Catchment control on varve formation and varve occurrence: lessons learned from Finnish varve records
From University of Turku, Finland
Host: Manon Bajard
Annually laminated or varved sediments have great potential for high-resolution studies of past climate and environmental changes with seasonal scale due to their intrinsic time control. Varves are formed as a result of annual sedimentation cycle. Seasons control the composition an availability of sedimentary material leading in to formation of laminae that represent seasonal conditions while catchment geology sets the boundary conditions. Varves are formed and preserved in wide scale of environments and climates. Thus, they provide important archive for investigating climatic and environmental changes over wide range of climatic and geographical locations. Delicate coring and subsampling methods are prerequisites for retrieving undisturbed sediment sequences, where the fine laminated structures are well preserved, in order to produce temporally accurate and precise varve records. Modern techniques include microfacies analysis from thin sections combined with detailed image analysis reinforced by high-resolution element profiling performed using micro-XRF scanning across individual laminae. These methods enable investigation of seasonal variations of the annual sedimentation cycle through time.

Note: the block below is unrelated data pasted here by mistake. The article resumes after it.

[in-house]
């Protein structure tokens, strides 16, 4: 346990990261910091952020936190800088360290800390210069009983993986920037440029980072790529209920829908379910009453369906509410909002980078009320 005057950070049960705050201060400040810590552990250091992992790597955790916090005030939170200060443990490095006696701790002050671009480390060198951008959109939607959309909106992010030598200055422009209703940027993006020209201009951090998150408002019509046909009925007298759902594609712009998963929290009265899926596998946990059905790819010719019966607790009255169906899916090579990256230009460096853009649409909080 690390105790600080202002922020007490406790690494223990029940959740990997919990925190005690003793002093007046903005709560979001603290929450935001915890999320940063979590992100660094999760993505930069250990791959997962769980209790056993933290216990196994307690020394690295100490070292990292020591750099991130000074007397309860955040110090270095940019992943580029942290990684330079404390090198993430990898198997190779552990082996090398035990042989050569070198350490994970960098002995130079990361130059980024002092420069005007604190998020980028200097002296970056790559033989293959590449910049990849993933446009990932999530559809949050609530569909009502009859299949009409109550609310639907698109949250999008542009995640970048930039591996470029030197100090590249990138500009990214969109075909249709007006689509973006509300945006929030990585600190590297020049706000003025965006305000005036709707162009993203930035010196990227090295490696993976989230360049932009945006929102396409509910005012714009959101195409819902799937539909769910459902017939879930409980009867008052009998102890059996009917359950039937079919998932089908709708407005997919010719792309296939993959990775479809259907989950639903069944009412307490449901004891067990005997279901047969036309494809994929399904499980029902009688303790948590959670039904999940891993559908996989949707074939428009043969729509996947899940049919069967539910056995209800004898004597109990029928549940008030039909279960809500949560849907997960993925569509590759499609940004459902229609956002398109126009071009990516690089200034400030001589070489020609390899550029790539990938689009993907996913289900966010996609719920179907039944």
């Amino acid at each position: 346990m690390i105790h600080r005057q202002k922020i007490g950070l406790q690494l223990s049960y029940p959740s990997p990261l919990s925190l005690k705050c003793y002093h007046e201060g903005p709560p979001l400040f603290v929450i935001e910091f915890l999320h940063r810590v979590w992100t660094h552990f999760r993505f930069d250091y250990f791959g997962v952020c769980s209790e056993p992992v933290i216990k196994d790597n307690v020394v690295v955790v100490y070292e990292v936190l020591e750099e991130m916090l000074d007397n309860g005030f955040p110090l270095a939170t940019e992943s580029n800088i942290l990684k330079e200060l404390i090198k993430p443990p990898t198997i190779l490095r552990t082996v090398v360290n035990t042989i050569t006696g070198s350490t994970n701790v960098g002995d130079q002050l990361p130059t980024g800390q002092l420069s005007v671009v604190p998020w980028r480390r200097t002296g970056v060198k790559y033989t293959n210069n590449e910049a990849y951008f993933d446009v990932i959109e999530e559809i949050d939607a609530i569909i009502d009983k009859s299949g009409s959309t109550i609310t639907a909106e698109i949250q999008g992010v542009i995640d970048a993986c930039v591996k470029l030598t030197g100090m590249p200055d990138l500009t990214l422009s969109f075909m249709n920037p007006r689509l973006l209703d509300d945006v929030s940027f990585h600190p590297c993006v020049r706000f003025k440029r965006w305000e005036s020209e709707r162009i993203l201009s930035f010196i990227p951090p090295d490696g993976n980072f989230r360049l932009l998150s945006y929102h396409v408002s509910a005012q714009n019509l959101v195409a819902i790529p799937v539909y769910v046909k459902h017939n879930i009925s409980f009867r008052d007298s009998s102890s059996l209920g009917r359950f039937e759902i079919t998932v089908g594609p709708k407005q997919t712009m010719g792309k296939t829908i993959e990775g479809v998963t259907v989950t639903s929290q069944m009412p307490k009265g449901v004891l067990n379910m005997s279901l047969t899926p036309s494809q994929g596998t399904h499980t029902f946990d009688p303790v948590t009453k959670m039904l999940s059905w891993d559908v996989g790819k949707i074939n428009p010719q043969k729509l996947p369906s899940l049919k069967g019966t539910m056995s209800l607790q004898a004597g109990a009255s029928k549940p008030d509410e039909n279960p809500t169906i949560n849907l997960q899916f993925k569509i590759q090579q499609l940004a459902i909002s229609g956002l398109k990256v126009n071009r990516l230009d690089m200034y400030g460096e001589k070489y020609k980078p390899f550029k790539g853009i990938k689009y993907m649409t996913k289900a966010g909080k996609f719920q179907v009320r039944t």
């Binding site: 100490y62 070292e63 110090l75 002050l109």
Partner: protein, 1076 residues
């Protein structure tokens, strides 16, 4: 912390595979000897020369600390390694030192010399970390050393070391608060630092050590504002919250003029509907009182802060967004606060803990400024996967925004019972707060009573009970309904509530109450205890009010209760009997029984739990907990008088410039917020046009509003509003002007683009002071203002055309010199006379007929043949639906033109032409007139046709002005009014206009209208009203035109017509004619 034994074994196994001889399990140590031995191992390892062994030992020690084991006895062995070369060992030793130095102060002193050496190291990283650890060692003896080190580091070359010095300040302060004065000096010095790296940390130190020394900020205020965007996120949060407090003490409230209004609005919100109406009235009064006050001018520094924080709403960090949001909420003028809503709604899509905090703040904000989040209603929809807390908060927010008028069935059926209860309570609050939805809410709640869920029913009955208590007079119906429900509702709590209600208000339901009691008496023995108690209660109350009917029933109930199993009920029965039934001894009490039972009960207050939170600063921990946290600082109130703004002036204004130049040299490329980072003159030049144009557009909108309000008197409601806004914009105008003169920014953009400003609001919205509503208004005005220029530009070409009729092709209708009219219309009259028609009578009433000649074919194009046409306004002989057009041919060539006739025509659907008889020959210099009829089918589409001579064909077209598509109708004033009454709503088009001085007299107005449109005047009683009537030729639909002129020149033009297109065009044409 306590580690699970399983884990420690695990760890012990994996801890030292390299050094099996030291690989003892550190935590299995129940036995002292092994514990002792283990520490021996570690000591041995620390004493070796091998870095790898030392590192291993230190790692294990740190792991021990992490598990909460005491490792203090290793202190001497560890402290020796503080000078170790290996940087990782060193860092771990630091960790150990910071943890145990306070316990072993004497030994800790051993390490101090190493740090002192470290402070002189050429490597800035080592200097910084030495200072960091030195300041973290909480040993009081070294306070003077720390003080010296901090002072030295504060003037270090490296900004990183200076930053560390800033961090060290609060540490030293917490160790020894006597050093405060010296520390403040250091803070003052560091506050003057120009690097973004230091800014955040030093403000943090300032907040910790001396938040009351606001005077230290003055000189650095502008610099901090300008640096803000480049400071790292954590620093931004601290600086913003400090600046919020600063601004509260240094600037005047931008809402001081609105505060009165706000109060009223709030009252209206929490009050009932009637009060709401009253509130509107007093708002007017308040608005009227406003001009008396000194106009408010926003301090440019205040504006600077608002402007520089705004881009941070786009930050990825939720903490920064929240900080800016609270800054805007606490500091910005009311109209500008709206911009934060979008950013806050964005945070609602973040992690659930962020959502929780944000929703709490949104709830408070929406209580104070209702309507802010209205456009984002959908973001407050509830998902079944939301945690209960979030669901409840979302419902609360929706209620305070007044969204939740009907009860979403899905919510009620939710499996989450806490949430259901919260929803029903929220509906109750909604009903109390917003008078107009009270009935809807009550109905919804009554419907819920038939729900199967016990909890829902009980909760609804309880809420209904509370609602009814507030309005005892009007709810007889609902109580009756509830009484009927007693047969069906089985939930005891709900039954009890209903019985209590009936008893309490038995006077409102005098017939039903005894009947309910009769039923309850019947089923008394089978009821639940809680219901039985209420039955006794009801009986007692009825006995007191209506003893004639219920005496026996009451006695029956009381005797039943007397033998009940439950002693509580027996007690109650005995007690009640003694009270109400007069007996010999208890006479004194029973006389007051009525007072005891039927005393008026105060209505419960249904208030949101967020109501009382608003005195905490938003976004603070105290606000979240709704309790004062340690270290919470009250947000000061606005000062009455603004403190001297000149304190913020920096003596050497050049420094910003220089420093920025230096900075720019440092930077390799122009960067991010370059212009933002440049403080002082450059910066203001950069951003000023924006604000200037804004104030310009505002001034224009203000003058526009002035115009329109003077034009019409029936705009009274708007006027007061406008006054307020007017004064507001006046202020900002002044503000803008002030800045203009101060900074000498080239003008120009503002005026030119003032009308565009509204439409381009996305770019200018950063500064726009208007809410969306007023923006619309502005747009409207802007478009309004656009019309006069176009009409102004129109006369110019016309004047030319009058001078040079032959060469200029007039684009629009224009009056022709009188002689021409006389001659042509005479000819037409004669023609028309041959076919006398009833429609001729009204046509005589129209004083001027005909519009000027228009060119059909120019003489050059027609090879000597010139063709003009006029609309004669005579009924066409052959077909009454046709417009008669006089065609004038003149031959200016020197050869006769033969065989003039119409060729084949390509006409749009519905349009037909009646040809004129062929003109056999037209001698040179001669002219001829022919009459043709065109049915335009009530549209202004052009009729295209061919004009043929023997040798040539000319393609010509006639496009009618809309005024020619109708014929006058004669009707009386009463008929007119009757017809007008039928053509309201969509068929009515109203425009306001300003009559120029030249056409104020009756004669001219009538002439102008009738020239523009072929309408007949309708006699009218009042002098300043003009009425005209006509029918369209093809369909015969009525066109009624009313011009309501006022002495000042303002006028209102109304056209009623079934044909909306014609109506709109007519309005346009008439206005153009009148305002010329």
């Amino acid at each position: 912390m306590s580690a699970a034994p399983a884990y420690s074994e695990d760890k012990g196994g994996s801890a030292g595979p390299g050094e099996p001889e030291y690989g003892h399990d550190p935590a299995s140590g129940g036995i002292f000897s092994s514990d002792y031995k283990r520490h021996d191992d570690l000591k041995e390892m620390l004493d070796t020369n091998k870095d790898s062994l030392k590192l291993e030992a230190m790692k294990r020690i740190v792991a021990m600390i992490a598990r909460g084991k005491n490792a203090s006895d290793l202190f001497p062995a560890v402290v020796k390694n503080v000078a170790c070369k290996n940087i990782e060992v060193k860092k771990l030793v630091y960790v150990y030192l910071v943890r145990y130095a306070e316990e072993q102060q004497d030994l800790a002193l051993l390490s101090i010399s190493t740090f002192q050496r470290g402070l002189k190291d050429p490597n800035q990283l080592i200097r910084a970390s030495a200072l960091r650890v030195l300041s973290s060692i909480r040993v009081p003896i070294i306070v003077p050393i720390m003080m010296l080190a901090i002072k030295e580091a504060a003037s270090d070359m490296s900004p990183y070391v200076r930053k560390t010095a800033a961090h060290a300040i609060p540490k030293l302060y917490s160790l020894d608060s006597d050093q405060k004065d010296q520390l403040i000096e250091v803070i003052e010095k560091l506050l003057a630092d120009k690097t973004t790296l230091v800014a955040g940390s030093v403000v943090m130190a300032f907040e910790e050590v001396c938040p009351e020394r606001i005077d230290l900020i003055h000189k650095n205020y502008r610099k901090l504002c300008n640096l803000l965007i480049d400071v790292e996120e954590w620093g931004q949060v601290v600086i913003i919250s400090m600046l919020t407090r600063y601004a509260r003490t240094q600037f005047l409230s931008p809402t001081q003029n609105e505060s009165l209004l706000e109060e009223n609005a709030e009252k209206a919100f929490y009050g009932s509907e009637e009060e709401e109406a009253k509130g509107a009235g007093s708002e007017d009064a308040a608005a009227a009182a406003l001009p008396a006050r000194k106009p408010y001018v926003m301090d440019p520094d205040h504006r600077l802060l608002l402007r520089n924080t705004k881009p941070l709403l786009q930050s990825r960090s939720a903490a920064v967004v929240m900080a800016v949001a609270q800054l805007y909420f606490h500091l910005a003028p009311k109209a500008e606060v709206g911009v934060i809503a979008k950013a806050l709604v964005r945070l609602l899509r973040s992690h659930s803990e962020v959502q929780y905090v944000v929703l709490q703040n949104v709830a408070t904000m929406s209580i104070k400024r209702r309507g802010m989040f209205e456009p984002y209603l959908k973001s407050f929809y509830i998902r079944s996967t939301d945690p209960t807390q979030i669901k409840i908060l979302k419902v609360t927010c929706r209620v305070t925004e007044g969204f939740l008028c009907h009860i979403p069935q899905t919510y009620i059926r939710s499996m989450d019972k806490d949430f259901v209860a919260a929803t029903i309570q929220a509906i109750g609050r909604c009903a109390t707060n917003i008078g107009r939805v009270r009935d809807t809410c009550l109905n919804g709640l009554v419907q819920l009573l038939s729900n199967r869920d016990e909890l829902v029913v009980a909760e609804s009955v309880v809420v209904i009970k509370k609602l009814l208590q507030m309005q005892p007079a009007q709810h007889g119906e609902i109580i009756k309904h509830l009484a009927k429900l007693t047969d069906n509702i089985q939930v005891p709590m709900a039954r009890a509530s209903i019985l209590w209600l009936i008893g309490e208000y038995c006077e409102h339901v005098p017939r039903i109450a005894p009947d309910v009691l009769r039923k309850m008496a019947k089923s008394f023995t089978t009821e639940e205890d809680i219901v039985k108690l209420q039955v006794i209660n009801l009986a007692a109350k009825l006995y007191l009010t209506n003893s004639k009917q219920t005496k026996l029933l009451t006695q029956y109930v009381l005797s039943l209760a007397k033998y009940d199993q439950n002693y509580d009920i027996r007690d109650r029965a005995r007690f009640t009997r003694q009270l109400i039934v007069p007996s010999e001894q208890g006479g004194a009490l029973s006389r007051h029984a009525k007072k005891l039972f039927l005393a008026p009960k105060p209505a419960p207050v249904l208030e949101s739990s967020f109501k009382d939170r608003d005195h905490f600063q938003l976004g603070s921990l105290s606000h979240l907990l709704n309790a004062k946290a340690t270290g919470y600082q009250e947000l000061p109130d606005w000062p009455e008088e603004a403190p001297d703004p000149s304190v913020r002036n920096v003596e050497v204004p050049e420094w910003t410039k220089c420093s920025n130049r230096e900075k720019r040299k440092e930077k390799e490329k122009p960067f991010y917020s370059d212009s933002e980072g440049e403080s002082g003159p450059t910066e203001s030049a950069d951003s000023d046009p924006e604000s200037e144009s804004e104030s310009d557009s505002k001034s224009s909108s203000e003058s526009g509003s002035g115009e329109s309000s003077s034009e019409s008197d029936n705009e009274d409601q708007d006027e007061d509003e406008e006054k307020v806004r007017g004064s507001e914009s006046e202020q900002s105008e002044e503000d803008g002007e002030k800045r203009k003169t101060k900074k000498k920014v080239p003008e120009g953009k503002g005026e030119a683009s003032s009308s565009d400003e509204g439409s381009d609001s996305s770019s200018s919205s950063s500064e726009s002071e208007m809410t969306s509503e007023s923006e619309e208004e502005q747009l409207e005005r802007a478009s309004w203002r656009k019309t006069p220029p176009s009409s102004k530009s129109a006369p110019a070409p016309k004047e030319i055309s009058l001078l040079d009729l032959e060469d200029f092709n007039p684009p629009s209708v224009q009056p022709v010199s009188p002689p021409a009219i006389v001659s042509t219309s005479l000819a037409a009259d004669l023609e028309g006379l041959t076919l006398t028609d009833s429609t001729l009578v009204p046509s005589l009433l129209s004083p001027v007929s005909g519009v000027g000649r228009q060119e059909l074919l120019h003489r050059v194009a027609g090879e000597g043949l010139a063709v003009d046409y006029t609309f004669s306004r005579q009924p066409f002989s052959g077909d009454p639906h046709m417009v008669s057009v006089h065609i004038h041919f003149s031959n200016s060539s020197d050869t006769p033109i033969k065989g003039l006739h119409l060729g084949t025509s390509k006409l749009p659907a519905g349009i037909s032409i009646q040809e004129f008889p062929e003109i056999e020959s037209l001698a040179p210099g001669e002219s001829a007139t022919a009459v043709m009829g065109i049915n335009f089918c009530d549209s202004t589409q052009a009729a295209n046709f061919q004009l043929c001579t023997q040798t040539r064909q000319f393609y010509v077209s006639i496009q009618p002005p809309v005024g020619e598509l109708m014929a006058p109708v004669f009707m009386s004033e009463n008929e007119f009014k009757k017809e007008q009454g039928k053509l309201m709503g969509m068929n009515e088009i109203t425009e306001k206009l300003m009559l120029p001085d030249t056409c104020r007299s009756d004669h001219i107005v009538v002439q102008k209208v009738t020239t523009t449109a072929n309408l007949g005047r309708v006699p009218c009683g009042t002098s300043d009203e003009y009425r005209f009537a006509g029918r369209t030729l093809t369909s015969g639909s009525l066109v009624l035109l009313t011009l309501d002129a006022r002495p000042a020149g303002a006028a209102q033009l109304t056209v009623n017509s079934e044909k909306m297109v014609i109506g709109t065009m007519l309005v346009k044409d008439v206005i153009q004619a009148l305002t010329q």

In boreal climate, seasonal changes are imprinted in sediments in form of winter-controlled spring flood lamina and growing season controlled biogenic lamina. The spring flood lamina is formed as a consequence of enhanced catchment erosion caused by spring floods triggered by episodic melting of snow. The varve records in many boreal locations suggest that winter climate is related to North Atlantic Oscillation. However, our investigations have shown that temporal and spatial changes occur in proxy sensitivity or even forcing factors. This highlights the need for detailed understanding of the sedimentation cycle, catchment dynamics and the controlling processes case specifically, in order to reconstruct climate variability from varve records. Supplemented by monitoring campaigns using sediment traps, as well as climate and hydrological observations, deep understanding of seasonal controls on sediment supply, varve formation and preservation can be achieved.